Progressive Caucus Sees Mandate on Wages, Paid Leave, and Legal Pot
HARTFORD, CT — With a larger Democratic majority in the legislature and a Democratic governor, the 46-member Progressive caucus will introduce legislation to increase the minimum wage, implement paid Family and Medical Leave, and legalize recreational cannabis in 2019.
“It’s vital we start talking about these issues now,” Rep. James Albis, D-East Haven, said Thursday at a press conference.
All three proposals failed to make it over the finish line last year and in previous years for various reasons. The details of this year’s proposals are still being worked out.
The proposal to increase the minimum wage would be spread over four years and would reach $15 an hour on Jan. 1, 2023. The proposal to create a paid Family and Medical Leave program was more vague but would be similar to past proposals that saw employees contribute to a fund they could access after a certain period of time on the job. They offered no details about a proposal to legalize marijuana for recreational use, which has had bipartisan support in the past.
“We have a governor who spoke about these issues on the campaign trail and we have a lot of new members who are really energized to get these issues done,” Albis said.
Rep. Joshua Hall, D-Hartford, who is co-chairing the Progressive caucus, said he wants to “dispel one of the narratives” of the 2018 election.
“Folks want to allude that our results were due to something that’s happening in Washington, D.C.,” Hall said. “I just want to credit the efforts of so many of our new colleagues.”
He said an increase in the minimum wage will give a lot of folks on the margin an immediate increase in pay and the “Paid Family and Medical Leave” program will be an “earned” program.
“It’s people earning that time,” Hall said.
The legislation for the minimum wage will have 53 House co-sponsors, Paid Family and Medical Leave will have 54 House co-sponsors, and there are 44 House co-sponsors for legalizing marijuana for recreational use.
House Minority Leader Themis Klarides, R-Derby, said the devil is in the details “all the time” when it comes to all three of these proposals.
“This is the reason we got into this mess in the first place,” she said. “With these random ideas without any details.”
Also, if they believe this election had nothing to do with Washington and Republican President Donald Trump, “they are more clueless than I thought they were,” Klarides said.
“This was not an election about what was best for Connecticut,” Klarides said. “This was an election about the fact that people do not like our president and they wanted to send a message.”
Carlos Moreno, state director for the Connecticut Working Families Organization, said “voters overwhelmingly rejected corporate campaign spending and trickle-down candidates who yet again ran on failed tax cuts and privatization schemes. Instead, a powerful wave of voters — young people, women, Black and brown communities, immigrant families, and working poor folks in particular — showed up in very large numbers responding to a growing number of leaders who ran to build an economy centered on working people.”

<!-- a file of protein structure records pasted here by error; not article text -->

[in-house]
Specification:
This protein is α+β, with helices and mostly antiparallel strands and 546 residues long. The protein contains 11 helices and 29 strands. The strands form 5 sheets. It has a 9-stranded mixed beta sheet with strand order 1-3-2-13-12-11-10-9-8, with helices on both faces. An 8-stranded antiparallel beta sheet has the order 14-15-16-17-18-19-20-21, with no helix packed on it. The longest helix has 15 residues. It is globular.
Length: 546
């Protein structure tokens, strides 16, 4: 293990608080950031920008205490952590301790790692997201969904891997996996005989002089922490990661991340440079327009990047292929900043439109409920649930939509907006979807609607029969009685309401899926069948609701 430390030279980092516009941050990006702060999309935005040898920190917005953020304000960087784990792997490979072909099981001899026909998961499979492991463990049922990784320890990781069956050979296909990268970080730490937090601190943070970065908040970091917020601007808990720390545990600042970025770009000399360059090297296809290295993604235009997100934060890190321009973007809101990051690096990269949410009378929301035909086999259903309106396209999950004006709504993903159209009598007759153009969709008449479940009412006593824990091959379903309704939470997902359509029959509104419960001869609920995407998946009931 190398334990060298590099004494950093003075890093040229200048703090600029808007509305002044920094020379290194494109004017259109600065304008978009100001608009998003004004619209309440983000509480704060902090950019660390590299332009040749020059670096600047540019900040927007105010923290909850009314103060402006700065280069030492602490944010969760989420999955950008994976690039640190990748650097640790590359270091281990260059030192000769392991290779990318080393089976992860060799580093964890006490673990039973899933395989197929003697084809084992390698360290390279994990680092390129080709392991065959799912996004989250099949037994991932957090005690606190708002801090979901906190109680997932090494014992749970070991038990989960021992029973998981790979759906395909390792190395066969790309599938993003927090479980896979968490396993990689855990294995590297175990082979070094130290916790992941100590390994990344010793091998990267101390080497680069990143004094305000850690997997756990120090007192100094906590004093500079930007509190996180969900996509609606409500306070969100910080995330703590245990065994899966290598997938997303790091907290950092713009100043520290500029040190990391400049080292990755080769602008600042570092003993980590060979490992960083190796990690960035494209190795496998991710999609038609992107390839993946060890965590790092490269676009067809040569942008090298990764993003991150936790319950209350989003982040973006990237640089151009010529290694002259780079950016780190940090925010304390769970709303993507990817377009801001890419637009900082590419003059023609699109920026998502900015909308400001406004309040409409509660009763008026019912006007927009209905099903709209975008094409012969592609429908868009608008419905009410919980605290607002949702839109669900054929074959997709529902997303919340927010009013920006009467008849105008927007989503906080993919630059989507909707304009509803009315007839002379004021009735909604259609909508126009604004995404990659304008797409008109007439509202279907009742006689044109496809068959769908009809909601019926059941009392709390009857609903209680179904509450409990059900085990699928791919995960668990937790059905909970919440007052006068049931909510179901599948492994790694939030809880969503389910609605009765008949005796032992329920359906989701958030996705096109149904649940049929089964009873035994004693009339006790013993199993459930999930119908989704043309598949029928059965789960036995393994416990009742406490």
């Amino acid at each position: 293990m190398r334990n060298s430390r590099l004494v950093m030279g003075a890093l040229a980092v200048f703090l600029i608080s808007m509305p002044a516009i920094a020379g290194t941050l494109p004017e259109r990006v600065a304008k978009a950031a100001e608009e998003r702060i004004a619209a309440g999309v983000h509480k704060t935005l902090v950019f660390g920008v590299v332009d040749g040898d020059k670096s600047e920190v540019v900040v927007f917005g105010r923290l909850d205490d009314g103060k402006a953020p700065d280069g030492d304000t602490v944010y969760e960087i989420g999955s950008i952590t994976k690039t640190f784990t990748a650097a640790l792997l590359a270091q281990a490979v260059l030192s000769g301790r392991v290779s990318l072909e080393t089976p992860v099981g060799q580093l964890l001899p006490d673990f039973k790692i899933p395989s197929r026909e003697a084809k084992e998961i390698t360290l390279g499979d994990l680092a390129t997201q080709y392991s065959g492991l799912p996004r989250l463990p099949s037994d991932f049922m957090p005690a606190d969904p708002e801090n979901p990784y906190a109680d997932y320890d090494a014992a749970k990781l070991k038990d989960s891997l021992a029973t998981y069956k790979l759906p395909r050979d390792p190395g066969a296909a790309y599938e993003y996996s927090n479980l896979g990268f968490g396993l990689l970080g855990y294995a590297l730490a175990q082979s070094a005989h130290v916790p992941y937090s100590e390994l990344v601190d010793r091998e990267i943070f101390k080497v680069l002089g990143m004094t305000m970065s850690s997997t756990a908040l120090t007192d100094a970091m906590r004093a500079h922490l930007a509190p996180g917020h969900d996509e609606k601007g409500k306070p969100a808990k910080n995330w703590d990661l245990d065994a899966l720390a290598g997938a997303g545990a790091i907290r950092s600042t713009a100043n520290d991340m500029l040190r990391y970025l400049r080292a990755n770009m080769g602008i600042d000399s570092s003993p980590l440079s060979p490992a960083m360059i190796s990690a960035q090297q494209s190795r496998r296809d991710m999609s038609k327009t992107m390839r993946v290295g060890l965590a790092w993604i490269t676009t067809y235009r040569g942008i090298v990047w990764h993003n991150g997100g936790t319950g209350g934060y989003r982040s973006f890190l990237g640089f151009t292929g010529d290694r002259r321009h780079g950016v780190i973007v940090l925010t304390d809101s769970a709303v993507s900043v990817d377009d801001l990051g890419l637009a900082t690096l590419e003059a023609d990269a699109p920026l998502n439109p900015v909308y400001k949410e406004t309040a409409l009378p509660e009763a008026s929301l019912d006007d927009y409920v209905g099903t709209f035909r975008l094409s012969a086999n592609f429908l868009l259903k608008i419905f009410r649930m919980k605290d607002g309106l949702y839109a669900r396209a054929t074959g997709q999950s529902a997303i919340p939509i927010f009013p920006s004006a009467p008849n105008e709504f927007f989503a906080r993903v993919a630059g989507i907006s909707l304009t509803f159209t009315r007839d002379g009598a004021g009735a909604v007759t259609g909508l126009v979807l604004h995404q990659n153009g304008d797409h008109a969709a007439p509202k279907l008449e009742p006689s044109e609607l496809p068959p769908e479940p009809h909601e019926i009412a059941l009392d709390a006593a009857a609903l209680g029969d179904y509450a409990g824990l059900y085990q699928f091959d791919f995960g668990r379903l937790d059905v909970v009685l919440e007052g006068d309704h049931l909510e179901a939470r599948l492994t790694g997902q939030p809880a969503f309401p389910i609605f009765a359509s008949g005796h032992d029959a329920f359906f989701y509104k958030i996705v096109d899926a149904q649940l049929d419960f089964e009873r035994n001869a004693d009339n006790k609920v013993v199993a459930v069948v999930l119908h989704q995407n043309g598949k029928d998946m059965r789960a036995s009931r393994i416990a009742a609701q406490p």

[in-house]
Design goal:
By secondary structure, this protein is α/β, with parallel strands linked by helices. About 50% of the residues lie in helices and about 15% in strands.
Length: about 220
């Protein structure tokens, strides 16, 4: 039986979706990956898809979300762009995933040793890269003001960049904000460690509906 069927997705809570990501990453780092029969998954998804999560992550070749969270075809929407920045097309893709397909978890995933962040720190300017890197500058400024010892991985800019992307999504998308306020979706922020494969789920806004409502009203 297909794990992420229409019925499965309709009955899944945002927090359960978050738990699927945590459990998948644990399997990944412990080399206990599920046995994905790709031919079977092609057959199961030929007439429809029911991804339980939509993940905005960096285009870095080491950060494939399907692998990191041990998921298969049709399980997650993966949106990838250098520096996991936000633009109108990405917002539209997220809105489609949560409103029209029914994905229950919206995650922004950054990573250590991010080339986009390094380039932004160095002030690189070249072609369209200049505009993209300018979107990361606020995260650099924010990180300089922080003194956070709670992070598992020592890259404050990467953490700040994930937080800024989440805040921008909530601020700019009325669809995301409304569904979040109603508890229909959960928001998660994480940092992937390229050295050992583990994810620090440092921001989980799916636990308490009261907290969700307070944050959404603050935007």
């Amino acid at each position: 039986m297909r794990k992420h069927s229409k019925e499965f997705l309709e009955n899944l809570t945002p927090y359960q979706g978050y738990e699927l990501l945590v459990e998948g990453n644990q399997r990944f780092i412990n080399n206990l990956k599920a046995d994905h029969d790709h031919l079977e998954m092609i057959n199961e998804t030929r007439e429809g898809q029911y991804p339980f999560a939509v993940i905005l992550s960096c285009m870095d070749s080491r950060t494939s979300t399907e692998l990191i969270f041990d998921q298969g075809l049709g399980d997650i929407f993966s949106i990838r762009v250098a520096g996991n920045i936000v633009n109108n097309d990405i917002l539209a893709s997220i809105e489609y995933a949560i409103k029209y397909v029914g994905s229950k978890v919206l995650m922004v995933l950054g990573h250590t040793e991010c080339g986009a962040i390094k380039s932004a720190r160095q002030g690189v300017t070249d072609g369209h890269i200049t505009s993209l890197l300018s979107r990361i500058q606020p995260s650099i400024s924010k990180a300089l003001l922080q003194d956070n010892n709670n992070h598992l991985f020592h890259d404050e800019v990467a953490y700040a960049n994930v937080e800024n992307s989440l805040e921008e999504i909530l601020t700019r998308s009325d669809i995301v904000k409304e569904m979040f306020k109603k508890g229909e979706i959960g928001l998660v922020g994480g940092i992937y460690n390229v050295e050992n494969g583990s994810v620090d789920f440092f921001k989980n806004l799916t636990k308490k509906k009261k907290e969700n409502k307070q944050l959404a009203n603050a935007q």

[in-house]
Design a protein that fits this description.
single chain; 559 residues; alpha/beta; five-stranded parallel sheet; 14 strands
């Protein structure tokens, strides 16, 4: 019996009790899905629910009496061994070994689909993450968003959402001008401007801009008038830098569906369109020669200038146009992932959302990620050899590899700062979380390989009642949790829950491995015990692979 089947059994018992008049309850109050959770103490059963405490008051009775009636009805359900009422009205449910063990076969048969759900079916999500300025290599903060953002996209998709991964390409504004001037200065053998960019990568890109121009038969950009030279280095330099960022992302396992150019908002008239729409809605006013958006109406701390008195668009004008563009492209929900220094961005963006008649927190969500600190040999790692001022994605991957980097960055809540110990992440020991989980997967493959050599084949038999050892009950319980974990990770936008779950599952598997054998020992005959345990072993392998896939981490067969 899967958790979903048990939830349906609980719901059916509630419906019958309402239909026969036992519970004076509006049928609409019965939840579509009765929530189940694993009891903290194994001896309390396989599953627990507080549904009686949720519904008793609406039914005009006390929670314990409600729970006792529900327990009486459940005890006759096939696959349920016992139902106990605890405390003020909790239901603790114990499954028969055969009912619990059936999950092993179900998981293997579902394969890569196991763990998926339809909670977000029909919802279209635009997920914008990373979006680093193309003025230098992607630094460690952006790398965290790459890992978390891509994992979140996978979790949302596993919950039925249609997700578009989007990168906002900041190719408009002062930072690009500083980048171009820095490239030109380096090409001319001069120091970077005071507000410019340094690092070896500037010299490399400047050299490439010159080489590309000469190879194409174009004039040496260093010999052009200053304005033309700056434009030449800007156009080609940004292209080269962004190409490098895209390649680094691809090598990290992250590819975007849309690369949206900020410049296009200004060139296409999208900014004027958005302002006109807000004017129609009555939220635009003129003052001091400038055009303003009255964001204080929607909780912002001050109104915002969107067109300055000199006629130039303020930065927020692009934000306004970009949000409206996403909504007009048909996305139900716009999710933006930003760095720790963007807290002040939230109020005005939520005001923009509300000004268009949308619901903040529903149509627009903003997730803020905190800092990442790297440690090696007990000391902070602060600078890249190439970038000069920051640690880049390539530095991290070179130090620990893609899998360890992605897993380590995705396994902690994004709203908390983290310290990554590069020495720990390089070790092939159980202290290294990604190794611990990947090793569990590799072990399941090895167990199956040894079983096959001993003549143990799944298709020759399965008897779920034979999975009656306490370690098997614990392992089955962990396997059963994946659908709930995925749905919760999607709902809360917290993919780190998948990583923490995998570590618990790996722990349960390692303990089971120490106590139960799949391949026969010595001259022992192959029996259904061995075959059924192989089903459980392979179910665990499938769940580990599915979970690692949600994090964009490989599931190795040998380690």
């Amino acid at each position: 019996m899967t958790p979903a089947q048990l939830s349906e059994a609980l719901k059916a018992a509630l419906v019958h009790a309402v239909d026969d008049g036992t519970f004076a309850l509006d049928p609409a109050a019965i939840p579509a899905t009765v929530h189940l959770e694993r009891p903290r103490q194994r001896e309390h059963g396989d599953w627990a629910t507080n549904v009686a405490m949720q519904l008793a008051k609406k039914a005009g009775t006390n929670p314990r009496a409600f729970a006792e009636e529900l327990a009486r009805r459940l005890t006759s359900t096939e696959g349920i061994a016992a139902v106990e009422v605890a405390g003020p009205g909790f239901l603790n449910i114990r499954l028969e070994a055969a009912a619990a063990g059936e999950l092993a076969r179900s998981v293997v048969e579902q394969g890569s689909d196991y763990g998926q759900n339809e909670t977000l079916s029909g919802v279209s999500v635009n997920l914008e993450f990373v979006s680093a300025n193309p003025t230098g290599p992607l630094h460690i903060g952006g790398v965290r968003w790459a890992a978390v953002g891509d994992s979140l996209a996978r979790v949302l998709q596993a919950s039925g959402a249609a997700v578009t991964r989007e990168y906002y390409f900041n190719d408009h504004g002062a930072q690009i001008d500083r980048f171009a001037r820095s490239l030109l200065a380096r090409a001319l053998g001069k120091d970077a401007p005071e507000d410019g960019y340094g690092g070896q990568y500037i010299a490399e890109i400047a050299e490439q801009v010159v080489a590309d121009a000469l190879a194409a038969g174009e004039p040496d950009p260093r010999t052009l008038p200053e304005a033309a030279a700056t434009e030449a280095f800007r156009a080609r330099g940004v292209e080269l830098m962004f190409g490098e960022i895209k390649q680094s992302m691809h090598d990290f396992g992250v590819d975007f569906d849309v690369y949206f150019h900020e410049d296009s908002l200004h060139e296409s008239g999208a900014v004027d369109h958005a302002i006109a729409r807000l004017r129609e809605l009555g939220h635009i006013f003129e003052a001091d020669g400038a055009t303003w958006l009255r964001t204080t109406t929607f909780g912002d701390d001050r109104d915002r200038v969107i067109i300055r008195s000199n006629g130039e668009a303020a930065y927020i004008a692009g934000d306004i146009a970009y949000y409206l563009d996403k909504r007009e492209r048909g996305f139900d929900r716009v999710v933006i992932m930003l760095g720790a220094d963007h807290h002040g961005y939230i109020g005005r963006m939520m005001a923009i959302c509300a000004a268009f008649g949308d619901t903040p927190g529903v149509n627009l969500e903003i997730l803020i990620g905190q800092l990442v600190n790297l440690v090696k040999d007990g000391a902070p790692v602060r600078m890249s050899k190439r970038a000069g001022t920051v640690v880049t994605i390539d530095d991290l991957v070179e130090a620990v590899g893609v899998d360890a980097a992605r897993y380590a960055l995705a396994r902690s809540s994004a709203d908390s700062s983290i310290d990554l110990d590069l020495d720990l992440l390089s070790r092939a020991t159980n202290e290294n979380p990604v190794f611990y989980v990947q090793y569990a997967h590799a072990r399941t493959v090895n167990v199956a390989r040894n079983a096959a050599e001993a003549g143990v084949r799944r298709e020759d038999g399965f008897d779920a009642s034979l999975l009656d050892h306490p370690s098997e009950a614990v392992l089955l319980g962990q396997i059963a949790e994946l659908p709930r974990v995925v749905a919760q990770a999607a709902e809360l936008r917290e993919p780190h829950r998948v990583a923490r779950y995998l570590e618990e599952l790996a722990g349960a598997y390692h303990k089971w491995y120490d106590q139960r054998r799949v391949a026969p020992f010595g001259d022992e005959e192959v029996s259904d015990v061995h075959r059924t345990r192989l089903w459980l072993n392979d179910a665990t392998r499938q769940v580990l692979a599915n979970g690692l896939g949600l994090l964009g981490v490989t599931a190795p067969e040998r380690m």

He said believes the representatives and senators who won their elections did so on the strength of these types of proposals.
Klardies said she likes a lot of the concepts, too, but if they don’t look at the ramifications of something like raising the minimum wage and the impact that would have on recent labor agreements, then “we’re not doing our job.”
Klarides said when it comes to Paid Family and Medical Leave the details are important. She said last year’s proposal included about $20 million in start-up costs for the state.
“We agree with the concept, but again it’s how we do it,” Klarides said.
She said the state can do these things in a “fiscally responsible way.”
Albis and the Progressive caucus believe the numbers are on their side and that there’s nothing they need to do to win support from the business community for these proposals.
“Thirty-eight percent of millennial workers are willing to move to another state or country to have an opportunity to access a program like Paid Family and Medical Leave,” Albis said. “We need to implement this to make sure we’re competitive with other states.”
As far as legalizing and regulating cannabis for recreational use by adults, Albis said he doesn’t know of another bill they could pass that would create more jobs in a short amount of time.
“What we’re really talking about is eliminating a black market and creating a new industry,” Albis said. “We’re talking about treating people fairly for past drug offenses.”
Deputy House Leader Vincent Candelora, R-North Branford, said to “characterize it as economic development for the state of Connecticut is a sad day for the state of Connecticut.”
Candelora said he doesn’t believe it’s a partisan issue, but he said more Republicans oppose it than support it.
Progressive caucus unveils agenda #ctnewsjunkie #ctpolitics #election2018 #lionread #progressive #democrats #connecticut #minimumwage #paidfamilymedicalleavePosted by CTNewsJunkie.com on Thursday, December 6, 2018
House Minority Leader Themis Klarides and Rep. Vincent Candelora respond to Progressive caucus. #ctnewsjunkie #ctpolitics #election2018 #lionread #connecticut #session2019Posted by CTNewsJunkie.com on Thursday, December 6, 2018